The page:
Real-time web applications
Take a look through the window and see the world around you, full of information, images, words and other content. Now imagine that you’d have to refresh the view to see something new. If you forgot to do that, further life could have turned out its course. So think how much you could miss.
The situation is similar in the case of websites and applications we see on the Internet every day. Especially those services where the quick access to the information is very important. You do not need to look far for instance. Let’s take as an example the information portals that provide data from important events, articles, and comments. Why trying to check whether there are any new information you need to refresh your browser? In addition to making money from ads, there is one more important reason. Unawareness that can be otherwise.
But let start from the beginning
What are the real-time applications? The definition used in higher education is quite complex. Probably if we added to that a couple of clever diagrams and formulas, you would already stop to read this. For our purposes, because we are talking about the Internet, we specify this as a service that provides content to the user automatically when you make changes on the server side. Eg. The editor / administrator adds a new blog post, and we immediately see it and can it enter into full interaction with it. When editor finds a typo, changes it and our viewer immediately received the correct content. So there is a good chance that no one noticed the error, because the site itself has changed the content without reloading.
So why all sites are not built this way?
This question is quite complex, but the simplest reason, so far were just costs. The creation of such an application yourself would involve the preparation of multiple layers of logic in our application (for example mobile):
- HTML Templates
- App Login
- Reactive UI update system
- Native container
- Speculative client-side updates
- Client-side data store
- Custom data sync protocol
- Real-time database monitoring
- Build & update system
- Language Runtime
As you can see, this would require a lot of work and a team of developers would have a real job and a few weeks “booked” only for this issue. Fortunately, it is 2016 and we can use well known websockets and ready-made solutions such as socket.io, MeteorJS, Angular and Apollo. The last of them gives a lot of support for languages such as Ruby On Rails and Oracle databases, SQL Server.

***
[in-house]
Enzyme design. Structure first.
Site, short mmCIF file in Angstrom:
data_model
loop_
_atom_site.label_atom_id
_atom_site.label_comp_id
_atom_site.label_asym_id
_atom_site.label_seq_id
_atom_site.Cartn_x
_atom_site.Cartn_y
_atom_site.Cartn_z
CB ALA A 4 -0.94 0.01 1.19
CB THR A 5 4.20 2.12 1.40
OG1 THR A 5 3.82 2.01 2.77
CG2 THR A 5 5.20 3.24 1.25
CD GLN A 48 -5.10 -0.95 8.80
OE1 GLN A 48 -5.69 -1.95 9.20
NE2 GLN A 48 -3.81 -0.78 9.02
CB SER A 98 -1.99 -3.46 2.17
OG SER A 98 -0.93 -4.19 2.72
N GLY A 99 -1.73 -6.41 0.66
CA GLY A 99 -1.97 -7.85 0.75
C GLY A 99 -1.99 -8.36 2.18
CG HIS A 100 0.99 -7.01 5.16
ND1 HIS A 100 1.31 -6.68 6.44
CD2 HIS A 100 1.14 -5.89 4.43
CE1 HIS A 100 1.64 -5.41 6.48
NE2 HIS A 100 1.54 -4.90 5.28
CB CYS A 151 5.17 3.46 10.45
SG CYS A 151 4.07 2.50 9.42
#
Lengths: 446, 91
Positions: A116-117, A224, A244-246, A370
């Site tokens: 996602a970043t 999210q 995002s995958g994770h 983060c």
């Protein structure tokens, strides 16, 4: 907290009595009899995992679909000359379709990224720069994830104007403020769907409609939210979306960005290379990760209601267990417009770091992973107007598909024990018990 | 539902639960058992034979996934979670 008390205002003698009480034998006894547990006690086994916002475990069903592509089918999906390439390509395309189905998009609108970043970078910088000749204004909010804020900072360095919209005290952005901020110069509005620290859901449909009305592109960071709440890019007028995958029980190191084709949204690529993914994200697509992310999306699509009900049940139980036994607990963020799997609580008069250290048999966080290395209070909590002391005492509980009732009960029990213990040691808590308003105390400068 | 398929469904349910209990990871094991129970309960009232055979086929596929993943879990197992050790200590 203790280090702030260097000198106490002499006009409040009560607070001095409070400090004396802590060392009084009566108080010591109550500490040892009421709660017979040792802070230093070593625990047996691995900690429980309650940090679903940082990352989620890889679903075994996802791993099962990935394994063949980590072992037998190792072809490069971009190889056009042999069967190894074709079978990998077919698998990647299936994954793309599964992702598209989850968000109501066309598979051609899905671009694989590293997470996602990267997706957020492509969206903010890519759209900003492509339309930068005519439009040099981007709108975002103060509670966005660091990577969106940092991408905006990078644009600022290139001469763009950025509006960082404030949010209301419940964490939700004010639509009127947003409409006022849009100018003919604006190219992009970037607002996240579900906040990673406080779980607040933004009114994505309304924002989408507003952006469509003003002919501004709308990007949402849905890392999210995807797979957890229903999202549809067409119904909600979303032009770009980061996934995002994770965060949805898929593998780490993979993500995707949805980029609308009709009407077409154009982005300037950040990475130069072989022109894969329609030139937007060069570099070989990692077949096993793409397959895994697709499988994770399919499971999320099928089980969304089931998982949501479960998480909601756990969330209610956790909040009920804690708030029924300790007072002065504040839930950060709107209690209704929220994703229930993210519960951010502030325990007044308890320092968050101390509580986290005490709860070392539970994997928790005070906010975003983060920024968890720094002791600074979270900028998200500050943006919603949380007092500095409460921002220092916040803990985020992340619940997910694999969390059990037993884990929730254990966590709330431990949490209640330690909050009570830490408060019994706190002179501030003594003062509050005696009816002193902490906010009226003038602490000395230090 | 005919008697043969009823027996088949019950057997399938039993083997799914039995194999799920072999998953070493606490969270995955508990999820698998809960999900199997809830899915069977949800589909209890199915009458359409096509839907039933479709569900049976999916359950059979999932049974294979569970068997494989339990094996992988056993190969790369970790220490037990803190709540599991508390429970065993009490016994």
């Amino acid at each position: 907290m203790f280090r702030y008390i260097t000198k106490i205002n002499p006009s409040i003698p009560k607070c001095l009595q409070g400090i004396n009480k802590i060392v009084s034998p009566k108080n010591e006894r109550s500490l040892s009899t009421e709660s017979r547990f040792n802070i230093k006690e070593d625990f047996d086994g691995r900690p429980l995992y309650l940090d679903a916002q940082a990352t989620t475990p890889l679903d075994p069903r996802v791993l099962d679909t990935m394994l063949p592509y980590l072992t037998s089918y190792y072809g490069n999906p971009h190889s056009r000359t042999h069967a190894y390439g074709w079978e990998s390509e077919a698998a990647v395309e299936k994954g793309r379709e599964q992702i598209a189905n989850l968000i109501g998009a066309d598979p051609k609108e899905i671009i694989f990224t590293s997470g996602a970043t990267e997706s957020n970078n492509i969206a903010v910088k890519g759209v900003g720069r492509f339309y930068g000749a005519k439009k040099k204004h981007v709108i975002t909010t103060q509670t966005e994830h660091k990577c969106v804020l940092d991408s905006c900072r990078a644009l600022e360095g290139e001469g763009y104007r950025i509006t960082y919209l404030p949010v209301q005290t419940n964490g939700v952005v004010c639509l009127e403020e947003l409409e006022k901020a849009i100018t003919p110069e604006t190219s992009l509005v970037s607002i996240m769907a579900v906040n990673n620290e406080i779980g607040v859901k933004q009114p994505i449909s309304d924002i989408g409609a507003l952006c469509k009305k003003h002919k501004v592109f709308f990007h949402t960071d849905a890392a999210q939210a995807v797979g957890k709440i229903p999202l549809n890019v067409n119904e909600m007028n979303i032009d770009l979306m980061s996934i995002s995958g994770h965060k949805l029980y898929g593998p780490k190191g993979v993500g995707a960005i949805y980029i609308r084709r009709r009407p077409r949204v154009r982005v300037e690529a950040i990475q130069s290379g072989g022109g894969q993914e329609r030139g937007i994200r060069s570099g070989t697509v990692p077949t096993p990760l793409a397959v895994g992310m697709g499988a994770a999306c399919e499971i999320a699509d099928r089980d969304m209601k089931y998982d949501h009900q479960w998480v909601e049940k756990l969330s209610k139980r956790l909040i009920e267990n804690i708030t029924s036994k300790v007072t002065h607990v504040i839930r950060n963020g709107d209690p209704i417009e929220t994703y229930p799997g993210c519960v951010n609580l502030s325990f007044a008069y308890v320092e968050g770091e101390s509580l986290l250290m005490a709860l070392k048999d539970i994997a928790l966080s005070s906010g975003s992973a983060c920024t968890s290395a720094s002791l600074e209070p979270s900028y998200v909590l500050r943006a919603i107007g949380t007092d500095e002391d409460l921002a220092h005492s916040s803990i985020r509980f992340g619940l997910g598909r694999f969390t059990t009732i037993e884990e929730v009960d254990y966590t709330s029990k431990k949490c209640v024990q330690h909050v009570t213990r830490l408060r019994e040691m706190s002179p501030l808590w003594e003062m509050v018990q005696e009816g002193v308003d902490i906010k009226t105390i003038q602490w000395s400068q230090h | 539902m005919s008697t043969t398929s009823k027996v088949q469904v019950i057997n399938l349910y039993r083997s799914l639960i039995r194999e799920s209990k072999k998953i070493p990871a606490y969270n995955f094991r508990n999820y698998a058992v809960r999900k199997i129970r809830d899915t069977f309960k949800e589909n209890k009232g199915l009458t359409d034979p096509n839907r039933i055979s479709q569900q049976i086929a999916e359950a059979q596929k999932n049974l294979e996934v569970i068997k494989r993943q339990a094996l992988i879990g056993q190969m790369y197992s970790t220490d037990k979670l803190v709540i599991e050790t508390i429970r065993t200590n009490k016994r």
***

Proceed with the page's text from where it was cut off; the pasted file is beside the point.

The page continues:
Here in Cat in Black Software house we would not be ourselves if we won’t check MeteorJS. As seen in the above example, the number of layers to build real-time applications is huge. How does it look is the case of such framework?
- HTML Templates
- App Login
That’s it. Almost everything we can get from the package and the whole “thing” works almost immediately.
Since we already know that using specific technology solutions we can reduce costs of creating a real-time web application, it is worth to consider this option.
Let’s try to discuss a dynamic information service, where user enters the website that contains the news from his city, from around the world. He / she reads an article, and suddenly new related article appears. Thus he / she can go straight to that content. Without this user probably either leave the site or move to another section without noticing important information.
The same user on a different day re-enters the page to find the latest information on a subject, but something pulled his attention and temporarily so he abandons a page but leaves it in other browser tab.
At the same time, few interesting news appears. User will see them when he’s back on that tab. Likewise, if he was involved in an interesting conversation and commented on the article. The answers of other users will appear to him automatically without additional notifications.
Similarly, when the user accesses the page to search for reports from important events or meetings. Very often, these reports can be found as a single article, which is edited from time to time. This solution creates a kind of timeline that allows newcomer users to check what they have missed. But once again, to see the new content you need to reload the page. In the case of real-time applications even ordinary changes in the article, will be connected with the fact that the browser itself updates the content. As a result, not only do we have the feeling, but we really participate in reports conducted live in text form. It’s as if we watched the news live on television from the scene.
Imagine to have the possibility of showing notifications (with the consent of user) on the “desktop” of your computer, or the turning on of vibrations on the phone when new content appears, and we have perfect service. When we use solutions such as Meteor, this is not problematic in any way.
If you are planning to build a site or portal, you should consider as soon as possible whether it isn’t a good idea to use technology giving access to dynamic content. Imagine what possibilities this technology give for cantors, calculators, forums, information, or even pages, not to mentioning mobile applications.
Remember also, that access to dynamic content affects very positively to attract the end-user, and gives us greater control over displayed content.